You’ve been saving money to buy your first home for so long and it’s one of the most significant purchases you’ll make in your life. But with all the details and parties involved, it’s easy to get confused or blindsided by hidden costs and fees. We can help – here are some tips to ensure you get the most for your money.
1. Resolve credit issues before applying for a mortgage
Your mortgage rate is partially determined by your consumer credit score, so fix what you can before you apply. Even little things like late payments or errors on your record (it happens!) can jack up your mortgage payments.
2. Budget wisely and save for a down payment…even if it means waiting a little longer to buy
It’s hard to be patient, but a decent down payment means more reasonable payments, saving you thousands over the duration of the mortgage.
3. Shop around for mortgage rates
Don’t assume the offer made to you by your bank or broker is set in stone. It will vary, especially if you make it clear that you’re comparison shopping! Closing costs and fees can also be negotiated – use them as bargaining chips.
4. Don’t take listing prices at face value
Found something you like? Research house values in the neighbourhood to be sure you’re dealing with a fair price. Your real estate agent can help, but you can also search for nearby listings online or attend open houses in the area.
5. Use your RRSPs
In Canada, first-time homebuyers can take advantage of a federal government program called the Home Buyers Plan (HBP) which allows you to take up to $25,000 from your RRSPs, tax-free.
6. Don’t be scared to low-ball your offer
New buyers can be timid when it’s time to buy, but unless you know you’re headed for a bidding war, low offers can be countered. So you may as well give it a shot!
7. Make your offer contingent on closing dates
It’s easy to overlook small details like closing dates in the rush of making an offer. But don’t risk the cost of paying for temporary accommodation and putting items in storage if you run into last minute changes.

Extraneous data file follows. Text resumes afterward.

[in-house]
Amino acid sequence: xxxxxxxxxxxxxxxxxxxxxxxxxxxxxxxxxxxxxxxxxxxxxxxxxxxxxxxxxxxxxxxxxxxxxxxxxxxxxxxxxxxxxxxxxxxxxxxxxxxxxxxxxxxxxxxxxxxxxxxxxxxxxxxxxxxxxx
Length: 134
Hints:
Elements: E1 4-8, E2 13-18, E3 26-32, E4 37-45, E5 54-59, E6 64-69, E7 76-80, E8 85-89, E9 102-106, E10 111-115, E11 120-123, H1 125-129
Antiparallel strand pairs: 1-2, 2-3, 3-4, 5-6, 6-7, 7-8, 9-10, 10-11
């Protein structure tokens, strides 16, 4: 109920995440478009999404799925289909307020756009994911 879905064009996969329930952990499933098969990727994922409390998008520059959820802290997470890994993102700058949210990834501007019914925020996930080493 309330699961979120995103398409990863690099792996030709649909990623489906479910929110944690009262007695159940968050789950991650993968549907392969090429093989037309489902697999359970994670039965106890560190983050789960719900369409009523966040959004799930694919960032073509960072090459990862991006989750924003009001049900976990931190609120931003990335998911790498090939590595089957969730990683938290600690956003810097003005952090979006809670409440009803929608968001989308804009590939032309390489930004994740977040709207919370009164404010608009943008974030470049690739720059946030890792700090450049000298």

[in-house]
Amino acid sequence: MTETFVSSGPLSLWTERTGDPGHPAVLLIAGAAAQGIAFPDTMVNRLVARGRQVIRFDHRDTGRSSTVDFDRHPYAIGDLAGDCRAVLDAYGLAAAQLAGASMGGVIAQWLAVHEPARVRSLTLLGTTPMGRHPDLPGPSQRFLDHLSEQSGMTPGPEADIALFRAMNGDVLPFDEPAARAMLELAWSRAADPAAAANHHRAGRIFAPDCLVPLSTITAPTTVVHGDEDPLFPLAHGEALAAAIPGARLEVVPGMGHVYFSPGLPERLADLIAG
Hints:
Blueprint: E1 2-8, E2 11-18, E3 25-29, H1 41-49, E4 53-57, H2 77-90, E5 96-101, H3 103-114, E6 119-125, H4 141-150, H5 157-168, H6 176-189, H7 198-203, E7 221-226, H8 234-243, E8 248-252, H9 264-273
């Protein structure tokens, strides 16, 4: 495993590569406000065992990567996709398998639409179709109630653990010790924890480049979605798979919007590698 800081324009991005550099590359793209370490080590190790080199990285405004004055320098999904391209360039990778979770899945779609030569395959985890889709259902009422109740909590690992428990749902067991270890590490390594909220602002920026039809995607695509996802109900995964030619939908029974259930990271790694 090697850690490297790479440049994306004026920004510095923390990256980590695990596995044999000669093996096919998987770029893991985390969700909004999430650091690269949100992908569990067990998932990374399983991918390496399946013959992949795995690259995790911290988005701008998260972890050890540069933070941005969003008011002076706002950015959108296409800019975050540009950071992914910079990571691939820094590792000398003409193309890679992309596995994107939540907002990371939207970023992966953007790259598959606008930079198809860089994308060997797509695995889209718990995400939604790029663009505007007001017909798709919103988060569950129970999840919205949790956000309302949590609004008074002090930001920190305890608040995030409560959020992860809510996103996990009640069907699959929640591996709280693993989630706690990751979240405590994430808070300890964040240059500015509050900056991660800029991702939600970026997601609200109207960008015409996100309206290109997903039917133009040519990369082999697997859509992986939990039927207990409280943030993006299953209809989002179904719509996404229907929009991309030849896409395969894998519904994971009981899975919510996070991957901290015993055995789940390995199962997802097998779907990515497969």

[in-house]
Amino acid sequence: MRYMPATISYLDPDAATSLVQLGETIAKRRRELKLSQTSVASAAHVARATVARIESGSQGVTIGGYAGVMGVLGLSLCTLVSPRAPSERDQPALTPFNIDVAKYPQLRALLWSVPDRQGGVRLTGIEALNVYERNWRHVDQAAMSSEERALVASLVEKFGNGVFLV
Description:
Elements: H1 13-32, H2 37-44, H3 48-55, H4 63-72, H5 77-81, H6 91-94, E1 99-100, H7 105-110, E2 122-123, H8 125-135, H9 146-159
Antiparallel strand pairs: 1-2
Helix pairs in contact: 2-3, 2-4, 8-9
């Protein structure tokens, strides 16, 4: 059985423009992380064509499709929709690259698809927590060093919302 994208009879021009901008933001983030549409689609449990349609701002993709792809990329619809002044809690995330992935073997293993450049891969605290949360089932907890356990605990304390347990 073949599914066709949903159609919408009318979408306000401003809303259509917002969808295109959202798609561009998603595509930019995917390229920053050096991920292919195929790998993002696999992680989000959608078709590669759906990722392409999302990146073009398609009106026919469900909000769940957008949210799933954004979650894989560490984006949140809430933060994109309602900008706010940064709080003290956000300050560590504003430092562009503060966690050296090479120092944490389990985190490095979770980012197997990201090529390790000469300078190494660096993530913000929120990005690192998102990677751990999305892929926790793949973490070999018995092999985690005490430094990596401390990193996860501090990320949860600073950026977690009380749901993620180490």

8. Get a list of fixtures and fittings included in the sale
Check the details to avoid opening the door to your new home and finding it stripped of light fittings, cables and appliances. Also, pay attention to what you’re paying for: the seller may list the price they paid for an appliance, but from how long ago? Would it be more cost-effective for you to exclude it from the offer and buy a new one?
9. Review your closing statement carefully
With all the details that go into buying a home, it’s not unusual to find mistakes in the fine print. Be sure you check the math prior to closing, so you don’t overpay based on a simple clerical error.
10. Opt for bi-weekly mortgage payments
Paying monthly means that you make 12 payments per year. But if you pay half that amount every two weeks, you’ll make 26 payments, which means you’re paying down your mortgage faster.
On the Blog:
- Today’s typical first-time homebuyer is a Canadian-born, university-educated millennial who, with their significant other, is purchasing a home to raise a family in. So says the Genworth Canada First-Time Homeownership Study (FTHS), released April 2017 for Genworth Canada’s Homeownership Education Week. Behind the stats, there’s more to this story, however.…
- Gauging your ﬁnancial ﬁtness is crucial for ﬁrst-time homebuyers. The better shape you’re in ﬁnancially, the more likely you are to succeed at homeownership. That’s because a strong credit history, lean debt-service ratios and a robust down payment work together to promote affordability. For the best mortgage terms and rates,…